Huber Manufacturing Co., Marion, Ohio, USA
The Huber Manufacturing Co. was founded in 1865 in Marion, Ohio by Edward Huber, the son of German immigrants. The first product of the fledgling company was a new design of hay rake, but this was soon followed by a steam traction engine with a return-flue boiler and grain separators. Huber's first foray into building gas tractors resulted from the purchase in 1898 of the Vanduzen Gas & Gasoline Engine Co. of Cincinnati, Ohio. Benjamin C. Vanduzen had received a patent for a "gasoline traction engine" that he designed in 1894, which was powered by one of his own single-cylinder vertical engines. After purchasing the company, Huber subsequently built a batch of 30 such tractors, but these do not seem to have been very successful as Huber did not produce another tractor for more than a decade.
Huber returned to the gas tractor business in 1911 with the "Farmer's Tractor", powered by a two-cylinder horizontally-opposed engine and steered from the front. The following year, this was joined by a larger model, this time with the seating position at the rear. The same year also saw the introduction of a huge 30-60 hp prairie-style tractor, which resembled in many ways the highly successful Big Four 30 of the same era which was built by the Gas Traction Co. Several other prairie giants were offered by Huber over the next five years before the decision was made, in common with other tractor companies of that period, to move towards more lightweight tractor designs.
The first of these smaller, lighter Huber tractors was the Light Four 12-25, which was introduced in 1916 and featured a four-cylinder engine mounted crossways on the chassis and unusually large front wheels. It was very similar in appearance to the contemporary Parrett tractor, it is unclear whether there was any link between the two companies. The Light Four was soon followed by the more powerful Super Four 15-30 and Master Four 25-50, which retained the same basic layout. These tractors proved immensely popular, and Huber decided to keep the Light Four and Super Four names when they introduced their range of more conventional-looking tractors with in-line engines in the mid 1920s - these were the Super Four 18-36, 20-40 and 25-50, plus the Light Four 20-36. When the new tractors were tested at Nebraska the horsepower ratings were found to be far too conservative, and the tractors were subsequently re-rated towards the end of the decade.
By the 1930s Huber were beginning to offer rubber tyres as an option, and the model names were changed from a basic horsepower rating to letter designations such as HK and HS. Huber also entered the rowcrop market with the "Modern Farmer" series, but these could not compete with similar machines being built by larger manufacturers. Soon after the Second World War, Huber finally ceased tractor production altogether to focus on building construction equipment, something which the company still does to this day.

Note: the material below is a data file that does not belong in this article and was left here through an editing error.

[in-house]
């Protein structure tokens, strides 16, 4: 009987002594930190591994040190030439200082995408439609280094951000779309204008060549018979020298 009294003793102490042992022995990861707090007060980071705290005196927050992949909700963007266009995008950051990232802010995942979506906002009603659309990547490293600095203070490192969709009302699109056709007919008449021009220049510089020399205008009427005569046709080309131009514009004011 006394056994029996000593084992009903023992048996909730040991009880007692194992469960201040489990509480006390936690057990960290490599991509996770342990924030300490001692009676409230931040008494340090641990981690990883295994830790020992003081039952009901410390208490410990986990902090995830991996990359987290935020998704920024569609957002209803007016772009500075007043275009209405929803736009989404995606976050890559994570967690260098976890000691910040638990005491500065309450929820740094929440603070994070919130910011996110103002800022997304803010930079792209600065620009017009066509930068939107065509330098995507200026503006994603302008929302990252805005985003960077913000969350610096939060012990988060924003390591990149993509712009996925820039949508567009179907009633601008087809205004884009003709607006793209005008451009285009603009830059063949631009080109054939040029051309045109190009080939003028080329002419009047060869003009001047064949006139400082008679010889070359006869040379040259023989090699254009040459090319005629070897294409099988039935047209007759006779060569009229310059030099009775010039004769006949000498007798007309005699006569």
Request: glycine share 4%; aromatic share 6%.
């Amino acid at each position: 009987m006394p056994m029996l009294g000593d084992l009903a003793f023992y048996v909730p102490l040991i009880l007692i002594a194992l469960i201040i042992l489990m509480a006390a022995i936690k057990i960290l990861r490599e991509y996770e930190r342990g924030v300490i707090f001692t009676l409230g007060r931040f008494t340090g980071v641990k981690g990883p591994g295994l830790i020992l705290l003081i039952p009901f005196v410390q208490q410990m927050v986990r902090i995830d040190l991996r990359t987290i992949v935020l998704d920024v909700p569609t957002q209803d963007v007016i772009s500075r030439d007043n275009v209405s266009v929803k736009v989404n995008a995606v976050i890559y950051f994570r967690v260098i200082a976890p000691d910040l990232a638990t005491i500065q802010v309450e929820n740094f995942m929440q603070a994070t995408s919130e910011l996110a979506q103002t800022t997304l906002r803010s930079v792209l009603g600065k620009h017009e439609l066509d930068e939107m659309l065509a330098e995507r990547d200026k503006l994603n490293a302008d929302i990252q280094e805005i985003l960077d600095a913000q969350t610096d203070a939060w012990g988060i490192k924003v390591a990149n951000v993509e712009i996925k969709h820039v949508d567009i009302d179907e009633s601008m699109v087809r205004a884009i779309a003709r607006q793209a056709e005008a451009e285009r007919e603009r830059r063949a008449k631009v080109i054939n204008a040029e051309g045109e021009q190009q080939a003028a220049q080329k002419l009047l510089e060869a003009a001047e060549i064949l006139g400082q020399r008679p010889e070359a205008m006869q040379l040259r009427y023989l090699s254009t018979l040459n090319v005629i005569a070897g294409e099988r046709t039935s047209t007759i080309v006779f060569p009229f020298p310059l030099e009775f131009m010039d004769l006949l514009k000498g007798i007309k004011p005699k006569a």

Huber/Vanduzen tractor operating a thresher
The Vanduzen design basically consisted of a single-cylinder gasoline engine mounted in the centre of the steam traction engine-type chassis, with two-speed transmission, bull gear and pinion drive to the rear wheels and chain steering. The gasoline tank was mounted high up at the front of the tractor on two supports, with a larger tank below it for cooling water, which was circulated through the engine by a centrifugal pump. The engine was started initially using a blank cartridge, then relied on the heat retained in a piece of platinum metal for subsequent ignition.
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"Farmer's Tractor" 17-19, 13-22 and 15-30 hp
The first Huber "Farmer's Tractor" emerged in 1911 and was powered by a mid-mounted two-cylinder opposed engine of 5.75 x 6 in bore and stroke manufactured by the Sintz-Wallin company. The tractor was described as a 17-19 hp machine and had two forward speeds with chain drive, but the layout was unusual for the time in that the screen-type radiator was at the rear while the driver's position with vertical steering column was right at the front of the tractor. An advertisement noted that this gave the operator "complete control of the machine" and "a clear view of the road ahead", but Huber evidently soon realised that a view of the trailed implement was also important, as it swapped the position of seat and radiator on its next version of the Farmer's Tractor, the 13-22 hp. This used a 7 x 7 in fully-enclosed Sintz-Wallin engine with a Pickering governor, while the radiator was now split into two separate screens in an "M" formation. By 1913 the tractor had received several modifications and was now rated as a 15-30 hp with the engine enlarged to 7 x 8 in and running at 600 rpm. Lubrication was via a Detroit force-feed oiler, ignition by battery and magneto and a Kingston carburettor was fitted. Fuel was listed as either gasoline or kerosene and the cooling system was driven by a centrifugal water pump. The total weight of the tractor was 3.5 tons and the first 15-30 produced carried serial no. 153.
30-60/35-70 and 20-40
The 30-60 model, introduced in 1912 (and re-rated in 1916 as the 35-70), was a different machine altogether from the Farmer's Tractor. It used a four-cylinder 7 x 8 in vertical engine located towards the rear of the tractor in common with several other makes of heavyweight tractor. At the front of the tractor was a large tubular radiator which held 95 gallons of water, and behind this was a 65-gallon gasoline tank. The most noticeable feature, however, was the huge rear drive wheels that were 8 feet in diameter and 2 feet wide and driven by bull gear and pinion, while the front wheels were 5 feet in diameter and 10 inches wide. The 30-60 was followed several years later by a slightly smaller 20-40 hp model, which retained the two-cylinder horizontally-opposed engine and chain drive of the Farmer's Tractor, but had the later tubular-style radiator.
Light Four 12-25